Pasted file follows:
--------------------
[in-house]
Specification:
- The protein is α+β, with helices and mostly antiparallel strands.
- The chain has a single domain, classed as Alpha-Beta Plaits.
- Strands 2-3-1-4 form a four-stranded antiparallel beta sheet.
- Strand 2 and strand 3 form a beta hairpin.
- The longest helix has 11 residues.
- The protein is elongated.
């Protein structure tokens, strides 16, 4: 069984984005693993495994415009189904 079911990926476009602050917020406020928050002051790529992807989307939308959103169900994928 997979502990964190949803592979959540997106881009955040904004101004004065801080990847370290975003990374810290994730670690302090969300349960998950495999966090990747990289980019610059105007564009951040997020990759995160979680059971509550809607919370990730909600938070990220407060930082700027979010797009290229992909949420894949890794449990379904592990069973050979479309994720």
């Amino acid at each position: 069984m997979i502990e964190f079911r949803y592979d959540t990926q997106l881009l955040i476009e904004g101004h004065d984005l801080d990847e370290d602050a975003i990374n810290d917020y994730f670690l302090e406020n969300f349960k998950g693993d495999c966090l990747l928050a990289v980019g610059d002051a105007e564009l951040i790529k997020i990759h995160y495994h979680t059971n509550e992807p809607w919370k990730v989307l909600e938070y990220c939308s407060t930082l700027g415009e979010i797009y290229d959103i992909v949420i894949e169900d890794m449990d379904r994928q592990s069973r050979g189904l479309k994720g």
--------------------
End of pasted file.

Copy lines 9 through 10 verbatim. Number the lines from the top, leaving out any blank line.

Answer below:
């Protein structure tokens, strides 16, 4: 069984984005693993495994415009189904 079911990926476009602050917020406020928050002051790529992807989307939308959103169900994928 997979502990964190949803592979959540997106881009955040904004101004004065801080990847370290975003990374810290994730670690302090969300349960998950495999966090990747990289980019610059105007564009951040997020990759995160979680059971509550809607919370990730909600938070990220407060930082700027979010797009290229992909949420894949890794449990379904592990069973050979479309994720």
């Amino acid at each position: 069984m997979i502990e964190f079911r949803y592979d959540t990926q997106l881009l955040i476009e904004g101004h004065d984005l801080d990847e370290d602050a975003i990374n810290d917020y994730f670690l302090e406020n969300f349960k998950g693993d495999c966090l990747l928050a990289v980019g610059d002051a105007e564009l951040i790529k997020i990759h995160y495994h979680t059971n509550e992807p809607w919370k990730v989307l909600e938070y990220c939308s407060t930082l700027g415009e979010i797009y290229d959103i992909v949420i894949e169900d890794m449990d379904r994928q592990s069973r050979g189904l479309k994720g």